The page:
Under the new
law, current active employees will see COLA pauses every other year upon
retirement, with the number of pauses determined by current age. The
law also reduces the amount of money current employees pay into their
pensions by one percent.

In addition, pensionable salary will now
be capped at the greater of the Tier 2 salary cap ($109,971 for 2013),
the employees current salary, or the employees salary at the end of an
existing collective bargaining agreement. The cap will increase over
time, based on the consumer price index (CPI). There will also be
graduated increases in retirement age based on the age of the employee,
with a maximum increase of five years. The bill also creates an optional
401(k)-style defined contribution plan that will be available for up to
5 percent of Tier 1 employees. Senate Bill 1 goes into effect on June
1, 2014.

Since taking the oath of office, Governor Pat Quinn has
made pension reform his top priority in order to restore fiscal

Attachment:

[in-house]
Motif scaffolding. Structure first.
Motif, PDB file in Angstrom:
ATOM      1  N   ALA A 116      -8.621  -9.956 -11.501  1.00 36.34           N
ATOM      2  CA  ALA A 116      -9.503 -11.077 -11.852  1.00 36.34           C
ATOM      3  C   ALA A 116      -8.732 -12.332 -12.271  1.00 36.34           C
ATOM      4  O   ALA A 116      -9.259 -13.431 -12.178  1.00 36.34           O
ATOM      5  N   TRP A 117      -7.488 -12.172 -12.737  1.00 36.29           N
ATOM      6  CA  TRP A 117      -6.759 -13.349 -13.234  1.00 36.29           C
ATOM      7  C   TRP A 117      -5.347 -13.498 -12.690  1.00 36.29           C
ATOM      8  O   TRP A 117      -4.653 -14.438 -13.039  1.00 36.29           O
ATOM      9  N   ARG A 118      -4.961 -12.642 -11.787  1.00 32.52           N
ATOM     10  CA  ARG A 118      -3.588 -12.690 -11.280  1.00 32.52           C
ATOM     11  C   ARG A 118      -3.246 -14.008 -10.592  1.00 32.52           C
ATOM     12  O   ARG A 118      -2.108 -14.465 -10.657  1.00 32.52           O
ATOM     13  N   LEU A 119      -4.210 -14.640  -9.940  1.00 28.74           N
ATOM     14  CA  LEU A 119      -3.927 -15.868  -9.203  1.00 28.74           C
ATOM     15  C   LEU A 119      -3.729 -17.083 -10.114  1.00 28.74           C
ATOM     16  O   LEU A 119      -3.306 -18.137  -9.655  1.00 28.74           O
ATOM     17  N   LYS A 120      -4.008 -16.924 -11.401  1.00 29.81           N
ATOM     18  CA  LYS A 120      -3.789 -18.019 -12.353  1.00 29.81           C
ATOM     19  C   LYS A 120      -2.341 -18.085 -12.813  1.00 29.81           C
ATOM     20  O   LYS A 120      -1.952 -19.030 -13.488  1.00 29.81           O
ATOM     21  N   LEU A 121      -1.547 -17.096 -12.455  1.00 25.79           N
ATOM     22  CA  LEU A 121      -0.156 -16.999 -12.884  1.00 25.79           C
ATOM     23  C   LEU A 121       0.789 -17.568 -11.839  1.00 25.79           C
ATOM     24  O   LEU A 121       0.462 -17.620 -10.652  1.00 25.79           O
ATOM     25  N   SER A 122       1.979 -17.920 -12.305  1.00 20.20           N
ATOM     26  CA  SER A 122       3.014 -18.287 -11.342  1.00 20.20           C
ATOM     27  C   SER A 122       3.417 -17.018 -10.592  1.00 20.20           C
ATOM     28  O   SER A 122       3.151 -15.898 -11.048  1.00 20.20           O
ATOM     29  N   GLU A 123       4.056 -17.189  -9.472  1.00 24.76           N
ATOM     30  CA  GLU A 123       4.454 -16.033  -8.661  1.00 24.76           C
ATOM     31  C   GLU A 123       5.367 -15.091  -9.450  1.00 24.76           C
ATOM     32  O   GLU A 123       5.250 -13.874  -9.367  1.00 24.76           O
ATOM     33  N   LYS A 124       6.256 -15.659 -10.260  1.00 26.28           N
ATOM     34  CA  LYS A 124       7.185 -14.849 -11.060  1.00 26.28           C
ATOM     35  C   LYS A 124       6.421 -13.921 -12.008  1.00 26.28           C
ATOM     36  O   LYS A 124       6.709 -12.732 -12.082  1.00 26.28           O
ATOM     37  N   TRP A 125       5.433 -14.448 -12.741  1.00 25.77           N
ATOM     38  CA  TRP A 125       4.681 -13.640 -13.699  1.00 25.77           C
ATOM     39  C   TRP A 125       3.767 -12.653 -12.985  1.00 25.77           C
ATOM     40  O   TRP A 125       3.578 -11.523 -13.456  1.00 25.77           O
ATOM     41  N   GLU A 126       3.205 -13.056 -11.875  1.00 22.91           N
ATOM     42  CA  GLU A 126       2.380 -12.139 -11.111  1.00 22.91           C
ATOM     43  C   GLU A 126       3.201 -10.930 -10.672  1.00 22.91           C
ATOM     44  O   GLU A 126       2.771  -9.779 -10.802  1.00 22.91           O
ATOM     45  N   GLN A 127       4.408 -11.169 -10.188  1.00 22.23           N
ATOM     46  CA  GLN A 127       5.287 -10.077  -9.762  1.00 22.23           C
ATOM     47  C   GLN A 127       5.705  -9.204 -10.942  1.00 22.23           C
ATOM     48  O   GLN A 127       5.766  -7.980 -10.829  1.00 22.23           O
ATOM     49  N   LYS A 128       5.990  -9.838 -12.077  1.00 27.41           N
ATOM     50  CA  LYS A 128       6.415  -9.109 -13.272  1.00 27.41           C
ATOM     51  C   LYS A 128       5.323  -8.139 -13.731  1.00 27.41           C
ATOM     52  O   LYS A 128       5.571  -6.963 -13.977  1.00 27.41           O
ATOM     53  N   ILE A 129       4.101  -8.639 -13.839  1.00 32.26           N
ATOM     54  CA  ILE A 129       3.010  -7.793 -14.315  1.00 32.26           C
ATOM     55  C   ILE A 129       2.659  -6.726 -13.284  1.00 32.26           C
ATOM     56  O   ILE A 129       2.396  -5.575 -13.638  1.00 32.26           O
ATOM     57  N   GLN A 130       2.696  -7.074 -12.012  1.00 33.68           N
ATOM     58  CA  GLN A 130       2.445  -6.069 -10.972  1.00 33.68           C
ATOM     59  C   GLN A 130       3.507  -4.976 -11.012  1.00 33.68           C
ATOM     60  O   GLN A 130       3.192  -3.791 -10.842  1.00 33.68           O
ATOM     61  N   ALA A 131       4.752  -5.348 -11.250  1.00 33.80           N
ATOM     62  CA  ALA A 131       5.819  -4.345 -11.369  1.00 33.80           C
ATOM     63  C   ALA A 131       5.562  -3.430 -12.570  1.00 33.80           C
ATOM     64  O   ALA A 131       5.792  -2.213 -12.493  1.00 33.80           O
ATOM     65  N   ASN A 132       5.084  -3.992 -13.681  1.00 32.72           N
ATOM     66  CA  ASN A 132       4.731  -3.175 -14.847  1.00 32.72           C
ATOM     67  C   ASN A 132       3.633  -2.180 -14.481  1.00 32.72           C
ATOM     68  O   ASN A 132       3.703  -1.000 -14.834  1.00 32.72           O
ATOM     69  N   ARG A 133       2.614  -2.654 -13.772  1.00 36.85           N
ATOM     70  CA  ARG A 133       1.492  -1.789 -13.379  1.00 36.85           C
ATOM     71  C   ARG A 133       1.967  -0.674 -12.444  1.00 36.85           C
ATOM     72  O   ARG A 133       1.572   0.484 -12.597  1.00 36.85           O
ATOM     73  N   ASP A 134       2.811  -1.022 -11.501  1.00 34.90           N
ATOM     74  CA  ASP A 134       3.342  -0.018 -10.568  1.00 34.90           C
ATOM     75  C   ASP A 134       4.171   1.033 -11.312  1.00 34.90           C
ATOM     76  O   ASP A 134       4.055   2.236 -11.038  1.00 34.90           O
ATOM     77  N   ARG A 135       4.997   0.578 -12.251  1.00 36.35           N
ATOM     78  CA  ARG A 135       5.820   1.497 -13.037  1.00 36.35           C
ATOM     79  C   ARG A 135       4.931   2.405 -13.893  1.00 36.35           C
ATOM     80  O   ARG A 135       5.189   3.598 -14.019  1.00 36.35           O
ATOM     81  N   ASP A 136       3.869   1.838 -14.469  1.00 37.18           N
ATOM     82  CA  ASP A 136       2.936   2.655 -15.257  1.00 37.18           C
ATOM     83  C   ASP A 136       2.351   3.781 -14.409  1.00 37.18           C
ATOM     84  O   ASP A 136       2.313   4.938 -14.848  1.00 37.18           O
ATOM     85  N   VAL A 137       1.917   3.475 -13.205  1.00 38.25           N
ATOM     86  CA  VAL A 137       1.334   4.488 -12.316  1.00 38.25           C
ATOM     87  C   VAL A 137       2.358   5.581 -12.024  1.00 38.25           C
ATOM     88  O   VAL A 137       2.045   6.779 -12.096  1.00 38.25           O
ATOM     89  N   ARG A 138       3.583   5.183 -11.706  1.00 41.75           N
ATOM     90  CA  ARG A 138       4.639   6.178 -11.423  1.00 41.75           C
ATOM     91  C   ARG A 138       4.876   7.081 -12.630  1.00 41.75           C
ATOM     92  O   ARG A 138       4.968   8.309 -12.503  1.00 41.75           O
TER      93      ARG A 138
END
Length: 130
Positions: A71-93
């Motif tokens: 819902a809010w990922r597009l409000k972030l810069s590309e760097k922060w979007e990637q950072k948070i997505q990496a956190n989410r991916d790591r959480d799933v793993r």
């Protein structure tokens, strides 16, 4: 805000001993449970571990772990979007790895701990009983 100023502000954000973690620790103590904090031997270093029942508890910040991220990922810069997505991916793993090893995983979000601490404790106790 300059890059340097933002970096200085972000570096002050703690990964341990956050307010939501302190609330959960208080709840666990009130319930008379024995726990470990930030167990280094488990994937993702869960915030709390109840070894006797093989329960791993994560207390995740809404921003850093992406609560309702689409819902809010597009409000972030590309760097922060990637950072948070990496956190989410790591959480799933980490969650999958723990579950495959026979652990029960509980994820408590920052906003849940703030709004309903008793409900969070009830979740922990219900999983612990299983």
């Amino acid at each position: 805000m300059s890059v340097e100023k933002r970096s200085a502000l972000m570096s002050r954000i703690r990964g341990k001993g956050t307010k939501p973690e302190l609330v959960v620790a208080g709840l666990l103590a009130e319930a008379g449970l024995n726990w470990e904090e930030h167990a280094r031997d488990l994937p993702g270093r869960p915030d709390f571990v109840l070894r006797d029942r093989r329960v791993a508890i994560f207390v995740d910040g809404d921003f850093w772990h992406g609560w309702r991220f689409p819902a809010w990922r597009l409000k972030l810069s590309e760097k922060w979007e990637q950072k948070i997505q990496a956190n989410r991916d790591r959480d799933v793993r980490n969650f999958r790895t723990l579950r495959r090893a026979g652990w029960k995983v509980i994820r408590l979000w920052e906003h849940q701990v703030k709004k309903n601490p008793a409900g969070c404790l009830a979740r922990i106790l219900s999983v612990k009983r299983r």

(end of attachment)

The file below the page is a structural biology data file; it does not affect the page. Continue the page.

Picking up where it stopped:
stability to Illinois. Unlike his predecessors, he made the full pension
payment each year. In May 2009, Governor Quinn established the Pension
Modernization Task Force, which laid the foundation for future reform
efforts. In 2010, despite intense opposition, he signed into law
sweeping pension reform for new hires to save taxpayers billions of
dollars.

In January 2012, the Governor convened a pension reform
working group to develop a comprehensive solution. Three months later,
Governor Quinn proposed a comprehensive pension reform plan that erased
the unfunded liability, and refused to sign any legislation that didnt
meet that standard. The Governor also released several studies on the
dire impact of pension inaction on education and launched an online
campaign to raise awareness about the pension squeeze and the urgent
need for reform.
In June 2013, the Governor proposed a conference
committee as a vehicle to break legislative gridlock between the two
chambers. He asked the conference committee to forge a compromise that
provided 100 percent funding for the systems, which ultimately became
the legislation he signed today.

In addition, Governor Quinn also
signed Senate Bill 1961 today. Sponsored by Speaker Madigan and Senator
William R. Haine (D-Alton), the bill clarifies that the Attorney
General will represent the pension systems in any court proceedings,
except in cases where the systems are seeking to force the state to make
funding payments. The new law takes effect immediately.